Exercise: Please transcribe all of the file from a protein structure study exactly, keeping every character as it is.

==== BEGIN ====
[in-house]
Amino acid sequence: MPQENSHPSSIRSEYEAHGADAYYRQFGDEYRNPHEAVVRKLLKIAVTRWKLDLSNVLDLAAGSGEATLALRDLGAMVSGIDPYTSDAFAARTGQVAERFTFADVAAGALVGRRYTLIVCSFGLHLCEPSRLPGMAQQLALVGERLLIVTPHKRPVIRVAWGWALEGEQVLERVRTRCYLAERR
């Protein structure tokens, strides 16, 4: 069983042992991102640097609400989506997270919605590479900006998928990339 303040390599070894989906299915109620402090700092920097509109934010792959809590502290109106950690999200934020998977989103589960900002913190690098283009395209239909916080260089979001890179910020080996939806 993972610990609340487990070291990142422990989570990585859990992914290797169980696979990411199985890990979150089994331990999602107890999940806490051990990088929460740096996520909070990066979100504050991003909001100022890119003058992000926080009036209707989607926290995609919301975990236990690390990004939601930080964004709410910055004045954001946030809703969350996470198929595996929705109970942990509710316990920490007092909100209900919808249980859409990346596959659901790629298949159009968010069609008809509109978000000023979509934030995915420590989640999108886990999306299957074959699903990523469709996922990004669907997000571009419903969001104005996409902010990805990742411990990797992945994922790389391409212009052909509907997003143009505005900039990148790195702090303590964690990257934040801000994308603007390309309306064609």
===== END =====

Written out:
[in-house]
Amino acid sequence: MPQENSHPSSIRSEYEAHGADAYYRQFGDEYRNPHEAVVRKLLKIAVTRWKLDLSNVLDLAAGSGEATLALRDLGAMVSGIDPYTSDAFAARTGQVAERFTFADVAAGALVGRRYTLIVCSFGLHLCEPSRLPGMAQQLALVGERLLIVTPHKRPVIRVAWGWALEGEQVLERVRTRCYLAERR
């Protein structure tokens, strides 16, 4: 069983042992991102640097609400989506997270919605590479900006998928990339 303040390599070894989906299915109620402090700092920097509109934010792959809590502290109106950690999200934020998977989103589960900002913190690098283009395209239909916080260089979001890179910020080996939806 993972610990609340487990070291990142422990989570990585859990992914290797169980696979990411199985890990979150089994331990999602107890999940806490051990990088929460740096996520909070990066979100504050991003909001100022890119003058992000926080009036209707989607926290995609919301975990236990690390990004939601930080964004709410910055004045954001946030809703969350996470198929595996929705109970942990509710316990920490007092909100209900919808249980859409990346596959659901790629298949159009968010069609008809509109978000000023979509934030995915420590989640999108886990999306299957074959699903990523469709996922990004669907997000571009419903969001104005996409902010990805990742411990990797992945994922790389391409212009052909509907997003143009505005900039990148790195702090303590964690990257934040801000994308603007390309309306064609």